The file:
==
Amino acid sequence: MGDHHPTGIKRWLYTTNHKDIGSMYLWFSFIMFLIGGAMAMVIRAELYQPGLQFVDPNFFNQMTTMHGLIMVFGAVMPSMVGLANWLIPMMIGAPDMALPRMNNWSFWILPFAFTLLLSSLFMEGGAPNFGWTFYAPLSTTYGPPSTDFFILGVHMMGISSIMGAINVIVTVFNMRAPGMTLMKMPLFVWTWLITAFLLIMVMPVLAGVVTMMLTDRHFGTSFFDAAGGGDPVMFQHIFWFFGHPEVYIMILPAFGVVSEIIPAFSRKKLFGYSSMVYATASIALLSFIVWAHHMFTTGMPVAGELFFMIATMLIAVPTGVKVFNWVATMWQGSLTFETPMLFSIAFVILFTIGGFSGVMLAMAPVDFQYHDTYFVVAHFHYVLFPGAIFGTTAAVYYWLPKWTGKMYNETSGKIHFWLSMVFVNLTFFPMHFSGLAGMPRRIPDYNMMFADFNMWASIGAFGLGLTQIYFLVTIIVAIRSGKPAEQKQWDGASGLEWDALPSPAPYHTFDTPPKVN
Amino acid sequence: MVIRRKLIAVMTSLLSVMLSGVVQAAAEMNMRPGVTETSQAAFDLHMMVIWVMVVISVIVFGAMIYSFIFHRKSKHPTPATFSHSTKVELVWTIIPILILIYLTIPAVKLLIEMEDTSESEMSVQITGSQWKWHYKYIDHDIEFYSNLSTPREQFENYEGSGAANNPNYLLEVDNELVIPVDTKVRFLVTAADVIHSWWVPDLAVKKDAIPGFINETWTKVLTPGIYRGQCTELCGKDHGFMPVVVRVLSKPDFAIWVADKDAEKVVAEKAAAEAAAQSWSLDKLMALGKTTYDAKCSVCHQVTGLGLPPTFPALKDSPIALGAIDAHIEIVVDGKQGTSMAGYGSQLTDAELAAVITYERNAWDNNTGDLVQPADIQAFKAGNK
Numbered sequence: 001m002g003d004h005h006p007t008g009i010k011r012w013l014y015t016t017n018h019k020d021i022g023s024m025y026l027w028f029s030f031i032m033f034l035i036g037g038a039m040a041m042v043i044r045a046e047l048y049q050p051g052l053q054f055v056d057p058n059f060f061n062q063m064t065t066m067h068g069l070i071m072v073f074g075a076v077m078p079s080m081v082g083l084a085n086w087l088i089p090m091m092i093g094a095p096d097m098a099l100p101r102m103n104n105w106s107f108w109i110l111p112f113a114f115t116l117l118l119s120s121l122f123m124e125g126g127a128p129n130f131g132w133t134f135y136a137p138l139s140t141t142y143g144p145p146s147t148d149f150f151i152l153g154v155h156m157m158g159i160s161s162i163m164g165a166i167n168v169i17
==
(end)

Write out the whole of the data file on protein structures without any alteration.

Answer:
Amino acid sequence: MGDHHPTGIKRWLYTTNHKDIGSMYLWFSFIMFLIGGAMAMVIRAELYQPGLQFVDPNFFNQMTTMHGLIMVFGAVMPSMVGLANWLIPMMIGAPDMALPRMNNWSFWILPFAFTLLLSSLFMEGGAPNFGWTFYAPLSTTYGPPSTDFFILGVHMMGISSIMGAINVIVTVFNMRAPGMTLMKMPLFVWTWLITAFLLIMVMPVLAGVVTMMLTDRHFGTSFFDAAGGGDPVMFQHIFWFFGHPEVYIMILPAFGVVSEIIPAFSRKKLFGYSSMVYATASIALLSFIVWAHHMFTTGMPVAGELFFMIATMLIAVPTGVKVFNWVATMWQGSLTFETPMLFSIAFVILFTIGGFSGVMLAMAPVDFQYHDTYFVVAHFHYVLFPGAIFGTTAAVYYWLPKWTGKMYNETSGKIHFWLSMVFVNLTFFPMHFSGLAGMPRRIPDYNMMFADFNMWASIGAFGLGLTQIYFLVTIIVAIRSGKPAEQKQWDGASGLEWDALPSPAPYHTFDTPPKVN
Amino acid sequence: MVIRRKLIAVMTSLLSVMLSGVVQAAAEMNMRPGVTETSQAAFDLHMMVIWVMVVISVIVFGAMIYSFIFHRKSKHPTPATFSHSTKVELVWTIIPILILIYLTIPAVKLLIEMEDTSESEMSVQITGSQWKWHYKYIDHDIEFYSNLSTPREQFENYEGSGAANNPNYLLEVDNELVIPVDTKVRFLVTAADVIHSWWVPDLAVKKDAIPGFINETWTKVLTPGIYRGQCTELCGKDHGFMPVVVRVLSKPDFAIWVADKDAEKVVAEKAAAEAAAQSWSLDKLMALGKTTYDAKCSVCHQVTGLGLPPTFPALKDSPIALGAIDAHIEIVVDGKQGTSMAGYGSQLTDAELAAVITYERNAWDNNTGDLVQPADIQAFKAGNK
Numbered sequence: 001m002g003d004h005h006p007t008g009i010k011r012w013l014y015t016t017n018h019k020d021i022g023s024m025y026l027w028f029s030f031i032m033f034l035i036g037g038a039m040a041m042v043i044r045a046e047l048y049q050p051g052l053q054f055v056d057p058n059f060f061n062q063m064t065t066m067h068g069l070i071m072v073f074g075a076v077m078p079s080m081v082g083l084a085n086w087l088i089p090m091m092i093g094a095p096d097m098a099l100p101r102m103n104n105w106s107f108w109i110l111p112f113a114f115t116l117l118l119s120s121l122f123m124e125g126g127a128p129n130f131g132w133t134f135y136a137p138l139s140t141t142y143g144p145p146s147t148d149f150f151i152l153g154v155h156m157m158g159i160s161s162i163m164g165a166i167n168v169i17